The 12th IASTED International Conference on
Artificial Intelligence and Applications
February 11 – 13, 2013
Artificial Un-Intelligence by Natural Intelligence: Case Study Mathematical Algorithm Synthesis
In the literature, Artificial Intelligence (AI) has two meanings:
• Difficult Problems whose solution is deemed to need "intelligence" and for which, at some stage, no general algorithm is known are often called AI Problems. If then somebody gives an algorithm (often a "heuristic" algorithm) that solves the problem in a way that surpasses the performance of human intelligence one says "the problem can now be solved by AI". (Examples of AI Problems: playing chess, symbolic integration, semantic text analysis, learning are / have been considered to be "artificial intelligence problems".)
• Processes that imitate the behavior of "intelligent" living systems and which can be used to solve or at least partially solve difficult problems (in particular, "AI Problems") are often called *AI Methods*. (Examples of AI Methods: neural networks, genetic algorithms, ant colony optimization).
Independent of the various flavors of using the attribute AI for problems or methods, it is the fact that natural (human) intelligence is used and needed for establishing AI methods for AI problems. Having established an AI method by natural intelligence, the application of the method (i.e. implementing and running the method on a computer) is not intelligent but rather utterly non-intelligent namely mechanical. In fact, seen in this way, AI is not at all different from what happened and happens in mathematics since the dawn of mathematics in early history: Given a mathematical problem for whose solution in each of infinitely many instances of the problem,
at a given historical moment, an extra mathematical invention (human insight, human intelligence, human experience, ..., i.e. “natural” intelligence) is needed, one strives to invent, again by human intelligence, one general method, algorithm, procedure, ... that solves the problem (or at least approximates solutions) in all the infinite problem instances. In other words, it is the essence of mathematics to think once deeply (by "natural" intelligence) on a problem and its context in order to replace thinking (i.e. to allow instead "artificial non-intelligence") infinitely many times for solving the individual problem instances.
The mathematical principle of replacing the application of natural intelligence in infinitely many problem instances by one application of natural intelligence on the "meta-level" is recursive: Over and over again, mathematics proceeds from more special problem classes to more general ones needing higher and higher "natural" intelligence on higher levels for allowing "non-intelligence" (i.e. computerization, mechanization, algorithmization) on lower levels.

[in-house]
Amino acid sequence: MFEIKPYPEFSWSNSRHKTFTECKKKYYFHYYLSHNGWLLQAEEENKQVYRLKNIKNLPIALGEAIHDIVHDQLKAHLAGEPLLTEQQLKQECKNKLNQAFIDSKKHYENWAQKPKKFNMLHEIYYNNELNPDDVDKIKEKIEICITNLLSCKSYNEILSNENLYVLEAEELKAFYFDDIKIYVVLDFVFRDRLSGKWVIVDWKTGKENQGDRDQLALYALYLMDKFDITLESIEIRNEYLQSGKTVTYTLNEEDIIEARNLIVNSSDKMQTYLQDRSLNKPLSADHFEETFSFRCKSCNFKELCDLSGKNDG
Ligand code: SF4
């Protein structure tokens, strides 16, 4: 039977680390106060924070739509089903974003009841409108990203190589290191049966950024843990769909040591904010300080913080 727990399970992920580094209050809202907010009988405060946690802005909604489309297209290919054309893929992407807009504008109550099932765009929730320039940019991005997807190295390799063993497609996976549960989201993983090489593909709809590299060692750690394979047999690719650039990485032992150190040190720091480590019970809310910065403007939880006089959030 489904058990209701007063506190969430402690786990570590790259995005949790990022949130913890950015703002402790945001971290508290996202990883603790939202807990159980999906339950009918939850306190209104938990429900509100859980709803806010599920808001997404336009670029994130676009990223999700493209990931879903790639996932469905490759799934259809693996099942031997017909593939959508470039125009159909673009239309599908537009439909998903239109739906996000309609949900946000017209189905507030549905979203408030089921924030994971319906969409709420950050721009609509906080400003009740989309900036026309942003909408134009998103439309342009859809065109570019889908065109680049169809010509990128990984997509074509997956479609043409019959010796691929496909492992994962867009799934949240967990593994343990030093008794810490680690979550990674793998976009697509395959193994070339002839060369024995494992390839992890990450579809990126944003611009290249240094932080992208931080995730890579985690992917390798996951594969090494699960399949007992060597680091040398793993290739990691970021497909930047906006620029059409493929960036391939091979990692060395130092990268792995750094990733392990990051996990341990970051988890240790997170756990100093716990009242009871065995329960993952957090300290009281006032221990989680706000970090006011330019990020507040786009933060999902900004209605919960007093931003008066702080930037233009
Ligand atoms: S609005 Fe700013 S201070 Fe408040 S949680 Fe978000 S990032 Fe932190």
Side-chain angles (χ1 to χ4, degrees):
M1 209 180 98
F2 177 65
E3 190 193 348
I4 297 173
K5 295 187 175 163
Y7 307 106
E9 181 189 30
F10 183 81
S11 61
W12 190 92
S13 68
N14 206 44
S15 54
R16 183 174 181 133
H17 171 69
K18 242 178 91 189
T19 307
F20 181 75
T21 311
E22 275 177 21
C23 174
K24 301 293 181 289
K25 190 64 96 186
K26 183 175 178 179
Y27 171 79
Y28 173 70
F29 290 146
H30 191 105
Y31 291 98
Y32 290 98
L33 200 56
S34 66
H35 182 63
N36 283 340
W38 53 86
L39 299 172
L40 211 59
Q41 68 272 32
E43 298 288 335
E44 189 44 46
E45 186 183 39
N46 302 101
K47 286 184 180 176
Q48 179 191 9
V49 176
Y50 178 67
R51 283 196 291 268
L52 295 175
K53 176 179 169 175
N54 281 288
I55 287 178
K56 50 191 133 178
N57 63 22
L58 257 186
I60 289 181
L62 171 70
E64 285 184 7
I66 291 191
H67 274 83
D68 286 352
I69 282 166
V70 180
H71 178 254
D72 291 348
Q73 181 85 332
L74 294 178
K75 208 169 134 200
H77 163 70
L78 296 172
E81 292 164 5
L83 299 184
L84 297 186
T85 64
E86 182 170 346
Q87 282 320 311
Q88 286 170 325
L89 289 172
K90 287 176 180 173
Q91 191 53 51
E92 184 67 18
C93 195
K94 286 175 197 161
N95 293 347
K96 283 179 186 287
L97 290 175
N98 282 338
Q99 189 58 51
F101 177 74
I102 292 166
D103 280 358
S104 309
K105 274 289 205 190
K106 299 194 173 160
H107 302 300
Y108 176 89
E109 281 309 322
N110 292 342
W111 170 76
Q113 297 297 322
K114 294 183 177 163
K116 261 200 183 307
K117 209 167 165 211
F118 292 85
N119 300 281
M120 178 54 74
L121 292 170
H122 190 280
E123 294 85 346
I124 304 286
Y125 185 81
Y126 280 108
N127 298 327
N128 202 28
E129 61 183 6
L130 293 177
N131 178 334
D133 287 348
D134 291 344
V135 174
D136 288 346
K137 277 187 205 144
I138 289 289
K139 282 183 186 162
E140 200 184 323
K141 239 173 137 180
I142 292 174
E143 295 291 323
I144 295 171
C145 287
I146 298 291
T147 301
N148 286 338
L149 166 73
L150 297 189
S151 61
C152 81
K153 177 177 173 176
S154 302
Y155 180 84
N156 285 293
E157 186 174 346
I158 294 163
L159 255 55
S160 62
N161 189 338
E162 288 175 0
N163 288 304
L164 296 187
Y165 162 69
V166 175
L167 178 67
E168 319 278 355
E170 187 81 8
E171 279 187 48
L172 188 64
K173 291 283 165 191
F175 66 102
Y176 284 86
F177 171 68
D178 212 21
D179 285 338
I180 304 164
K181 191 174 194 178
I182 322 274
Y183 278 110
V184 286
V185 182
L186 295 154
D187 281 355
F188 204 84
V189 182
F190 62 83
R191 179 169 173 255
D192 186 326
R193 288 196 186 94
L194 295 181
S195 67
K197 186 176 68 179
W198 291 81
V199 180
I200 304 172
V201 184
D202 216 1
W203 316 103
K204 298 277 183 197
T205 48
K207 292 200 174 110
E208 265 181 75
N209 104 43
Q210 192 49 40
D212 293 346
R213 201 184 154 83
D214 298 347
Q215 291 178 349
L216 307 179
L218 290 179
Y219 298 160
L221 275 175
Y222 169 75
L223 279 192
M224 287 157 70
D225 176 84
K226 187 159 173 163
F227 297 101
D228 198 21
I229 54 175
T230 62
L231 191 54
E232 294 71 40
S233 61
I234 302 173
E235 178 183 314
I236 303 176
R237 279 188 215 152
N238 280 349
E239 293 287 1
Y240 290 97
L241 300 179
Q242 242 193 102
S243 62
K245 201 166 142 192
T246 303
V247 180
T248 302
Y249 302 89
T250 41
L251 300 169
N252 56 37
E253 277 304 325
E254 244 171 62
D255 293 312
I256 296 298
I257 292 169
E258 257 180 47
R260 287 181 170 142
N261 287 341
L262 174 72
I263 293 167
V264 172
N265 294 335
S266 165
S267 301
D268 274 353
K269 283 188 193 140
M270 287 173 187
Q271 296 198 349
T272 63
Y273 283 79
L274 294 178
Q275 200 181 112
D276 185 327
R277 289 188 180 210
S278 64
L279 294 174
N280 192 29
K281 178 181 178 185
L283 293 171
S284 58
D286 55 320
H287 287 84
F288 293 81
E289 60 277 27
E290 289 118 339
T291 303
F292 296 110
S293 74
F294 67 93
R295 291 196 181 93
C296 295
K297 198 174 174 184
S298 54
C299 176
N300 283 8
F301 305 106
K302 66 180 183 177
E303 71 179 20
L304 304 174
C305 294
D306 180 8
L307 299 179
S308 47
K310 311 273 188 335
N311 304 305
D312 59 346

In particular, the problem of automated algorithm synthesis (i.e. the problem of inventing methods that automatically invent algorithms from given problem specifications) is a “higher-order” mathematical problem which people like to consider as an AI Problem (i.e., in my terminology, a problem of generating “artificial non-intelligence by natural intelligence”).
In this talk, we will explain our recent method for the algorithm synthesis problem that is derived from the observation of two important principles applied by human mathematicians when they try to establish an algorithm for a given problem:
• Using general principles of algorithm design that occur over and over again in various contexts (we cast these principles in the form of higher-order “algorithm schemes”).
• Analyzing unsuccessful proofs of theorem and inventing auxiliary conjectures that may lead to a successful proof.
We will first explain this automated algorithm synthesis method, which we call the “Lazy Thinking Method”, in a simple example. Then, we will demonstrate the power of the method by synthesizing, automatically, the algorithmic solution of the so-called “Gröbner-bases problem”, which is one of the fundamental problems in non-linear systems theory. This problem (before finding a solution in 1965 by “natural intelligence”) had been open for 65 years.
As a conclusion, some implications will be drawn on the future of the area of “thinking technology” (i.e. mathematics and computer science viewed as “natural intelligence” for producing “artificial non-intelligence”.)
Biography of the Keynote Speaker
Bruno Buchberger is Professor of Computer Mathematics at the Research Institute for Symbolic Computation (RISC) of the Johannes Kepler University (JKU)in Linz, Austria.
Buchberger is best known for the invention of the theory of Groebner bases, which has found numerous applications in mathematics, science, and engineering. For his Groebner bases theory, he received the prestigious ACM Kanellakis Award 2007 (http://awards.acm.org/kanellakis/ ), he was elected (1991) member of the Academia Europea London (www.acadeuro.org), and received five honorary doctorates.
His current main research topic is automated mathematical theory exploration (the "Theorema Project"). This project aims at the (semi-)automation of the mathematical invention and verification process, see www.theorema.org.
Buchberger is founder of
- RISC, the Research Institute for Symbolic Computation (1987), see www.risc.jku.at
- The Journal of Symbolic Computation, Elsevier, (1985), see http://www.journals.elsevier.com/journal-of-symbolic-computation/
- The JKU Softwarepark Hagenberg (1990), a technology center with over 1000 R&D coworkers, see www.softwarepark-hagenberg.com.
Buchberger's general homepage: www.brunobuchberger.com